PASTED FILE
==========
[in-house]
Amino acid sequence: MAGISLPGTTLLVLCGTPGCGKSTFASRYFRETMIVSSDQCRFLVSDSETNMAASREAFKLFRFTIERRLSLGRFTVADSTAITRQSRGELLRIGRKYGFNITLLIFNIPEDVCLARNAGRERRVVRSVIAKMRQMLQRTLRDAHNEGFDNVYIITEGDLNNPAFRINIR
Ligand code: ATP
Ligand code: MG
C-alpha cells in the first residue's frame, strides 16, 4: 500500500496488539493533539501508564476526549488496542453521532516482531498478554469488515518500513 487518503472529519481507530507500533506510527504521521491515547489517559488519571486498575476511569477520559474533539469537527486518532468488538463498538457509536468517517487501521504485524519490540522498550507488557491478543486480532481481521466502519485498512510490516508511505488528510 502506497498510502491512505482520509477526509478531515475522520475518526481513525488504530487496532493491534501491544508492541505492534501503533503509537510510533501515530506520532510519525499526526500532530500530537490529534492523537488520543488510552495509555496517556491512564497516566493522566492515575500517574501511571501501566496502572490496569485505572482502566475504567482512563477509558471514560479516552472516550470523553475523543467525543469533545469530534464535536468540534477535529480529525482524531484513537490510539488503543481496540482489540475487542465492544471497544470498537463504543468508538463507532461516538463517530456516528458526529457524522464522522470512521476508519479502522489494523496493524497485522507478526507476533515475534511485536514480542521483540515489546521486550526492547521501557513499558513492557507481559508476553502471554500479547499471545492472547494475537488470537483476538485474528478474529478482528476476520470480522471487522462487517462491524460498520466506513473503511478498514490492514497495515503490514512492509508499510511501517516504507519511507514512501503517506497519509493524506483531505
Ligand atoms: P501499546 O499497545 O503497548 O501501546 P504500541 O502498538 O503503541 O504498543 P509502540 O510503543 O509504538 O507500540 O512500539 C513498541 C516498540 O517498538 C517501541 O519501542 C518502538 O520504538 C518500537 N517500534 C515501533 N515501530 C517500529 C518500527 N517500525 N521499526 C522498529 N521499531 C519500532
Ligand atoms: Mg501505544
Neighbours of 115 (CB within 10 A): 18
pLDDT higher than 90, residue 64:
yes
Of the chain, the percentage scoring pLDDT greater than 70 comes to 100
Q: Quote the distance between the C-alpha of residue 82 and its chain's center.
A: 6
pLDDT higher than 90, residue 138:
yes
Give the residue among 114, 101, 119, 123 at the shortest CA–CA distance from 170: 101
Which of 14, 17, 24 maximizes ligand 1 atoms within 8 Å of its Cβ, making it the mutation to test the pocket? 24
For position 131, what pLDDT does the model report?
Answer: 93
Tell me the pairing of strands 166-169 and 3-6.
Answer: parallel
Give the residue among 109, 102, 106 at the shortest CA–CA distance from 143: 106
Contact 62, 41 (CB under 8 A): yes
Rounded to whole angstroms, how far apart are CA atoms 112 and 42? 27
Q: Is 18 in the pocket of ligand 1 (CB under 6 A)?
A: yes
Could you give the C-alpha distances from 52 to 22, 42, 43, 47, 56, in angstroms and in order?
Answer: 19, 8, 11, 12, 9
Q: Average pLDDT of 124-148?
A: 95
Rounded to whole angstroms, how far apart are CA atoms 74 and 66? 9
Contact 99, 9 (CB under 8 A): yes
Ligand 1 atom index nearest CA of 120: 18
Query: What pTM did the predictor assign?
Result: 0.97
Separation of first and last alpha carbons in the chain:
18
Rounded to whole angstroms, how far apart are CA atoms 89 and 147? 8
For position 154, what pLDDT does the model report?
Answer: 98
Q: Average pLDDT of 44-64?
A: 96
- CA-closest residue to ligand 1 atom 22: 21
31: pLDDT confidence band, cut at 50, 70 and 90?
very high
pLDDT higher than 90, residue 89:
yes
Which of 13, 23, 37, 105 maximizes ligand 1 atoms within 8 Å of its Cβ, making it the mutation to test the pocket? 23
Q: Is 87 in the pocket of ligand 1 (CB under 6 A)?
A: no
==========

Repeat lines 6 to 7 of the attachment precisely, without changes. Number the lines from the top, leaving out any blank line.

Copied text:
Ligand atoms: P501499546 O499497545 O503497548 O501501546 P504500541 O502498538 O503503541 O504498543 P509502540 O510503543 O509504538 O507500540 O512500539 C513498541 C516498540 O517498538 C517501541 O519501542 C518502538 O520504538 C518500537 N517500534 C515501533 N515501530 C517500529 C518500527 N517500525 N521499526 C522498529 N521499531 C519500532
Ligand atoms: Mg501505544